Still within the context of this special issue that builds upon the study undertaken by Futuribles International in 2013-14 entitled “Producing and Consuming in the Era of Ecological Transition”, François Grosse outlines what he sees as the most practical approach for shifting our societies towards “quasi-circular growth”. Conscious that the option of zero or negative growth is a utopian solution, he proposes a sustainable management of non-renewable material resources aimed at optimizing the consumption cycle of such resources within a growth economy.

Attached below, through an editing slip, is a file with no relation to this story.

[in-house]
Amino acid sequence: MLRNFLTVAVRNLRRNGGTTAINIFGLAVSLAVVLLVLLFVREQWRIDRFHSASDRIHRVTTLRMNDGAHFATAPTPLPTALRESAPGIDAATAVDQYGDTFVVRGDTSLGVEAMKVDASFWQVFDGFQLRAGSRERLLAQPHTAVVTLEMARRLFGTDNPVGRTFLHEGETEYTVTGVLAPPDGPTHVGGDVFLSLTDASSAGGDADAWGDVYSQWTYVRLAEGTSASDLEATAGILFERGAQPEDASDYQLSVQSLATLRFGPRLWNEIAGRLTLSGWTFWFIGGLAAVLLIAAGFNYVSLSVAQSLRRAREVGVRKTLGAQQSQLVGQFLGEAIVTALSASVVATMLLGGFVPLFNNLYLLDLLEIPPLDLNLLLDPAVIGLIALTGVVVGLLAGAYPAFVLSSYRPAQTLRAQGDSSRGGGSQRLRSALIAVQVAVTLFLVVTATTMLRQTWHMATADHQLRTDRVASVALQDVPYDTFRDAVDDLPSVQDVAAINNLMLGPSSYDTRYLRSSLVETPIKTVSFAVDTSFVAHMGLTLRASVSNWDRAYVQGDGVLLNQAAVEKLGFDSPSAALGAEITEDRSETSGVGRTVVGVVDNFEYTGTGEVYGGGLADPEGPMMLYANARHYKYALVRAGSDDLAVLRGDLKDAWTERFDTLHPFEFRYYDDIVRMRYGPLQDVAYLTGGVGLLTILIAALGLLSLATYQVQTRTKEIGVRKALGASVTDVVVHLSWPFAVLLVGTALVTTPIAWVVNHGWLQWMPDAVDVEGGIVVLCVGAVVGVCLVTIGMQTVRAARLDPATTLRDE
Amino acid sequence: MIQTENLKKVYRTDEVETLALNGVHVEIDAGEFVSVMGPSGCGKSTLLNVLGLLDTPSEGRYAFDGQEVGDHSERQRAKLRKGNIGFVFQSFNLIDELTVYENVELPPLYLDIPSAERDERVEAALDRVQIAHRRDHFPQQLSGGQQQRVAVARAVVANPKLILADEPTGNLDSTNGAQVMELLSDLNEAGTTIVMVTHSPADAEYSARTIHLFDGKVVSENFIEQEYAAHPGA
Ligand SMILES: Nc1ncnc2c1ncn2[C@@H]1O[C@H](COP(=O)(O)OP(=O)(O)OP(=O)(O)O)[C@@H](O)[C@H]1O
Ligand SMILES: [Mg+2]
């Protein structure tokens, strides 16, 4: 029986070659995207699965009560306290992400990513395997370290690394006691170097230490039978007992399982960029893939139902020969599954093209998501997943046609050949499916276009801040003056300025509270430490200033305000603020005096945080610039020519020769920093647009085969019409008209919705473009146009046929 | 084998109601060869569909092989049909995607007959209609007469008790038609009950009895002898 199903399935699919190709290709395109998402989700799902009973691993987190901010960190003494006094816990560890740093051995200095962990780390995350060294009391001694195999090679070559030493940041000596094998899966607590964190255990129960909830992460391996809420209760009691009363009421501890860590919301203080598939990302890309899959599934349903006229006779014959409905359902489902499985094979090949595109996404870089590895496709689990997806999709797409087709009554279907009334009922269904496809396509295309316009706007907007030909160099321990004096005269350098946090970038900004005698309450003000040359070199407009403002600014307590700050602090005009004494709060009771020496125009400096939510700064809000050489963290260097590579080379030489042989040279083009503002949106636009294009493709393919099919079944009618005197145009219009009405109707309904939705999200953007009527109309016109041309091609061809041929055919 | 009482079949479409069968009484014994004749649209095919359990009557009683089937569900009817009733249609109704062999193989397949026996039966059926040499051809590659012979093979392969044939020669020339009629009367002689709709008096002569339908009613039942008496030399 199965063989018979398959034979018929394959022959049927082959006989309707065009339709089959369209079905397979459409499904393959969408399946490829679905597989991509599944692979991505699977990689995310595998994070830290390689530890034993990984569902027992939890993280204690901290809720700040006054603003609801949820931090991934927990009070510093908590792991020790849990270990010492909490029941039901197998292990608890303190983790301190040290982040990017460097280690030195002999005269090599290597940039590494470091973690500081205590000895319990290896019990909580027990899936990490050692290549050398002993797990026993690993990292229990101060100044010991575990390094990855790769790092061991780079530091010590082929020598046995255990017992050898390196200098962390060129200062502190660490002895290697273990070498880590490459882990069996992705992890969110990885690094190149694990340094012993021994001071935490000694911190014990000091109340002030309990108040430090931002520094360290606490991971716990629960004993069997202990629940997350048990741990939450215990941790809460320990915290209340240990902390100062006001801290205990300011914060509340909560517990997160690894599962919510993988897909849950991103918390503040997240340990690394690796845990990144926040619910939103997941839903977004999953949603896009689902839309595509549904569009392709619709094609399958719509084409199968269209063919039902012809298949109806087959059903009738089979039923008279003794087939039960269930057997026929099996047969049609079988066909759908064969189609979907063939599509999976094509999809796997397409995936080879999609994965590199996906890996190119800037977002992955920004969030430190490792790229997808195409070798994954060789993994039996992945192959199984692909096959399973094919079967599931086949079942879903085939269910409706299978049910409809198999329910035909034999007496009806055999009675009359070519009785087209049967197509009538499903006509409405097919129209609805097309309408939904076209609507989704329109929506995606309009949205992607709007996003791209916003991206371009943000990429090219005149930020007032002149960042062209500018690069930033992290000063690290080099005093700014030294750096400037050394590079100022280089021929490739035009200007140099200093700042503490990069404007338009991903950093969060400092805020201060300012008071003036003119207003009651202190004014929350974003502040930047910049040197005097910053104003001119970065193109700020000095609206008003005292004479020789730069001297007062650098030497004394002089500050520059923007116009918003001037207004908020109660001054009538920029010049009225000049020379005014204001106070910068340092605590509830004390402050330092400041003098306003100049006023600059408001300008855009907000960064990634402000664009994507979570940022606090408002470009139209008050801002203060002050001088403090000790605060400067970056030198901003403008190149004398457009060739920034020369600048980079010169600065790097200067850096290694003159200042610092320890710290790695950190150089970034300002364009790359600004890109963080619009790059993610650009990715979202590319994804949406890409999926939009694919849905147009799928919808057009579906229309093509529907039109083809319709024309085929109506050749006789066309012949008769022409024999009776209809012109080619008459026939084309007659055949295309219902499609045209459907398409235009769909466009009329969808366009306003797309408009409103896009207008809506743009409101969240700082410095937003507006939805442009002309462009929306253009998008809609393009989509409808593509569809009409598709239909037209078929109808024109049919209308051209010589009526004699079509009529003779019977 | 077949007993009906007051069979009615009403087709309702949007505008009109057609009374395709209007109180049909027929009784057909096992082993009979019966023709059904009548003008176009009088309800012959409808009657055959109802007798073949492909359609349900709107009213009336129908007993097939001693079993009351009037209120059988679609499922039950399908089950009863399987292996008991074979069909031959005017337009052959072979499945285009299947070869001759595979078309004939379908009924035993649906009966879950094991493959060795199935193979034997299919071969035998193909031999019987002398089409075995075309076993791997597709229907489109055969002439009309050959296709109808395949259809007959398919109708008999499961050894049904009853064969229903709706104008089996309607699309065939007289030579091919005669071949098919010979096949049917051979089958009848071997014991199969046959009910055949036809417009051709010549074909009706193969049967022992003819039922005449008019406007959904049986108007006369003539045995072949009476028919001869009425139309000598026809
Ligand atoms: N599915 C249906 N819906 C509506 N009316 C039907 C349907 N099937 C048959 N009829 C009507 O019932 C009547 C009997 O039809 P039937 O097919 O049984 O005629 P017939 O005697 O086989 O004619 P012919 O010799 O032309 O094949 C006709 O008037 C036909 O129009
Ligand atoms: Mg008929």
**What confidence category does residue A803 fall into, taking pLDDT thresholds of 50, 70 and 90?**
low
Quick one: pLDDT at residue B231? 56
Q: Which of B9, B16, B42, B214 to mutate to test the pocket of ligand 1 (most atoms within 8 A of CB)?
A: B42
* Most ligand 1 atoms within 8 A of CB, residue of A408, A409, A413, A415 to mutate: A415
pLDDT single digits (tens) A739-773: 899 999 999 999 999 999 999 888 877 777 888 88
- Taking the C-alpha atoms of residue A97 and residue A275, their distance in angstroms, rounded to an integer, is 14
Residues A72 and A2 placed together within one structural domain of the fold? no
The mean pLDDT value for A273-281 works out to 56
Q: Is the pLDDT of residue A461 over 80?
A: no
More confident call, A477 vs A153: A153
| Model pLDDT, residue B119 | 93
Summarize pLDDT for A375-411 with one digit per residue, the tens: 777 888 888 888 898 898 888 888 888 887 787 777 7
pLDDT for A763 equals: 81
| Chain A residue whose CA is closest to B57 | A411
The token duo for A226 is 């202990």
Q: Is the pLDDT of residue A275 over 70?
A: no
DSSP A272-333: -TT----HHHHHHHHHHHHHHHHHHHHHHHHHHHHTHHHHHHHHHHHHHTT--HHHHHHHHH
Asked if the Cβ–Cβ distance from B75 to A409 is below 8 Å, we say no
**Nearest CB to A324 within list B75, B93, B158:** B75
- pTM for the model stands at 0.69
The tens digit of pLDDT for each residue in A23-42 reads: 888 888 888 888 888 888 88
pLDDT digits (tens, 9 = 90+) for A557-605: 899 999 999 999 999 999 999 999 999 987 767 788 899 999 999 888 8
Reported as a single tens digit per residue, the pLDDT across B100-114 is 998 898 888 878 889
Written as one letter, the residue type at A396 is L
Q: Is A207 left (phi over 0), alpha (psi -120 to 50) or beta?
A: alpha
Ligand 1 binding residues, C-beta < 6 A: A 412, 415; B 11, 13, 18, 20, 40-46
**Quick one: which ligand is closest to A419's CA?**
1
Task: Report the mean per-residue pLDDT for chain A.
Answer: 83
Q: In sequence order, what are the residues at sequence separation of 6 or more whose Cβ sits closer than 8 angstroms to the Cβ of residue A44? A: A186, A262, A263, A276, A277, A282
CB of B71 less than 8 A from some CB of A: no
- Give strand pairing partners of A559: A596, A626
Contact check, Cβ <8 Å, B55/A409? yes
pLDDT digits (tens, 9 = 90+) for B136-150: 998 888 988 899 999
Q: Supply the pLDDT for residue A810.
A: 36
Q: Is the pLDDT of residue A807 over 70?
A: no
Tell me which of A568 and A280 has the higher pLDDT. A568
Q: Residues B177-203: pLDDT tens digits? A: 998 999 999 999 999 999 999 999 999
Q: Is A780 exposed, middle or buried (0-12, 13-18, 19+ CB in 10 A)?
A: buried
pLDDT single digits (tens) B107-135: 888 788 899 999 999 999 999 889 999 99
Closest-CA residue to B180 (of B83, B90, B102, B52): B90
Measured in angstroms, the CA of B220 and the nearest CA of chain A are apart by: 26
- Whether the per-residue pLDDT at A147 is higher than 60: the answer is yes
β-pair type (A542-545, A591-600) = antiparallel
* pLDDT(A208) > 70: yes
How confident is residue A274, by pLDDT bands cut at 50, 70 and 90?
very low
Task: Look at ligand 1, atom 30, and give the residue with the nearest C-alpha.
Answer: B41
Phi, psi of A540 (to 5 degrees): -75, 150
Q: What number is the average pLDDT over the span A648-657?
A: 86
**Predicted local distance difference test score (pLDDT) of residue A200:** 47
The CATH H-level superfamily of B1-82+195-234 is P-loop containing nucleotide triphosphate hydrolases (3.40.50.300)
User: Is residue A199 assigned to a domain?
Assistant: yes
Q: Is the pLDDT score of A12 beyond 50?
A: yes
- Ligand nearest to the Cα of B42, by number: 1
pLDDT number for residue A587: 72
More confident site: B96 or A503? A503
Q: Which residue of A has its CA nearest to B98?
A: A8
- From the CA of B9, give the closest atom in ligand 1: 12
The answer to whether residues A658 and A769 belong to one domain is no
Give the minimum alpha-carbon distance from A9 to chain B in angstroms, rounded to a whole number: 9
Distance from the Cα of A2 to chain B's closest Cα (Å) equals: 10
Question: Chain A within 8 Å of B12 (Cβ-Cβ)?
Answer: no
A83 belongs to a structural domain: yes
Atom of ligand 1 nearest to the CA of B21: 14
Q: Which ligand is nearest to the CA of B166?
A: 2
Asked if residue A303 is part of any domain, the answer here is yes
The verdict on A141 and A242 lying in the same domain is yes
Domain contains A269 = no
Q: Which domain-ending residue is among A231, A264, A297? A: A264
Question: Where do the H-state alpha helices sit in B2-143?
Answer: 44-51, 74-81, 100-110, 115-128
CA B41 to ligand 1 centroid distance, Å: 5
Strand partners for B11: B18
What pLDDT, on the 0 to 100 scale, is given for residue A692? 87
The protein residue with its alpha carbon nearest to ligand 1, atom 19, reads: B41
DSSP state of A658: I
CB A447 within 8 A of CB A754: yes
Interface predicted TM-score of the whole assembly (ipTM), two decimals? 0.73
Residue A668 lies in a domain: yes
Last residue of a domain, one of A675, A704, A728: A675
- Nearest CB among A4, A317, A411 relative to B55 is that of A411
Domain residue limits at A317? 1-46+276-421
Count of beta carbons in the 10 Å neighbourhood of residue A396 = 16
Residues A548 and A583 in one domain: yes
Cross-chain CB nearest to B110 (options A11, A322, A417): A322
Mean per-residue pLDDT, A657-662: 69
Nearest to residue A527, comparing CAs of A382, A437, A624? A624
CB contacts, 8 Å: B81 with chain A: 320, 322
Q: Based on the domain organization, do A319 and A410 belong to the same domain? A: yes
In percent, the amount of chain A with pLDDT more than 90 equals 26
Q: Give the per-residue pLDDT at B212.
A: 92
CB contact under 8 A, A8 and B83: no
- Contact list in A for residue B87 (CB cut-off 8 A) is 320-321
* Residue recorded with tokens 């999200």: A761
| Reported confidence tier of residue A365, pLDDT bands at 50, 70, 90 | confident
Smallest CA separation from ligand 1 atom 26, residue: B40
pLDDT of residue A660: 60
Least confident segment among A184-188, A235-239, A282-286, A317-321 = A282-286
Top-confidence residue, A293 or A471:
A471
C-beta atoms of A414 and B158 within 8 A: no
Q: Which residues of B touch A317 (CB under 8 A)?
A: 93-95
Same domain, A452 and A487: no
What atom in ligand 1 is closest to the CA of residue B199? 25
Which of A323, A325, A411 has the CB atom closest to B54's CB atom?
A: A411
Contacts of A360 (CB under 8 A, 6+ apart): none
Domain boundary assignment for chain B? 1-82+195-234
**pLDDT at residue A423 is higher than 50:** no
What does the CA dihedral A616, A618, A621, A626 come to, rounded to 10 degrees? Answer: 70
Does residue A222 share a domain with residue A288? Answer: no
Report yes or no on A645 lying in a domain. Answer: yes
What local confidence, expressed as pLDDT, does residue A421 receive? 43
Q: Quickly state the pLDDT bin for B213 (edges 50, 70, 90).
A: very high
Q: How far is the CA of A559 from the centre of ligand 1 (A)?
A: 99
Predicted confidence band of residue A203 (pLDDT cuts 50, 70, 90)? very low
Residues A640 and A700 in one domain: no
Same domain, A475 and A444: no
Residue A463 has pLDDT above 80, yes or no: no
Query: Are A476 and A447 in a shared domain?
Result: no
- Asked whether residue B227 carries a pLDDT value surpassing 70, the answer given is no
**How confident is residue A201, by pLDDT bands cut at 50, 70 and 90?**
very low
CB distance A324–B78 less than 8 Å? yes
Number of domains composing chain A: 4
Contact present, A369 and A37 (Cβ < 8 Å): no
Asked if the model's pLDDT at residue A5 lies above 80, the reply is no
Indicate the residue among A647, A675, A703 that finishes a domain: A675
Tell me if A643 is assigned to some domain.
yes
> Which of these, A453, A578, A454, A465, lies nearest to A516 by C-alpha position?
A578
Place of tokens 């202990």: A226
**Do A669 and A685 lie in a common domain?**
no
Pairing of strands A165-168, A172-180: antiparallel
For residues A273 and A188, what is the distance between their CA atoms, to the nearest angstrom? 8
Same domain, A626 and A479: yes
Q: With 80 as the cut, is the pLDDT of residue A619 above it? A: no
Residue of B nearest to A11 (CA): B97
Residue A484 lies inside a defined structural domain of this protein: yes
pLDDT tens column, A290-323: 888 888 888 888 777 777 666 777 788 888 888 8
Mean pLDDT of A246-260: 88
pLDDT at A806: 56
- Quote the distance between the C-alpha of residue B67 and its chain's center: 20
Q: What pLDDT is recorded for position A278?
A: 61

After briefly reminding us of the consumerist context we live in, Grosse describes the main characteristics of the stocks and flows of non-renewable raw materials in the economy –their rate of growth, their residence time in the economy, the effect of stocks and flows of waste materials and the potential role played by recycling. He goes on to demonstrate the conditions under which we could implement a quasi-circular growth model, ensuring the sustainable management of non-renewable raw materials. This would involve low levels of growth in the production/consumption of each material, with at least 80% of the quantities of each material consumed entering the waste cycle, and more than 60%, if not indeed 80% of this waste effectively being recycled. This is a systemic vision that would enable us to retain a form of economic growth, while taking account of the limits of our ecosystem and the finite nature of resources.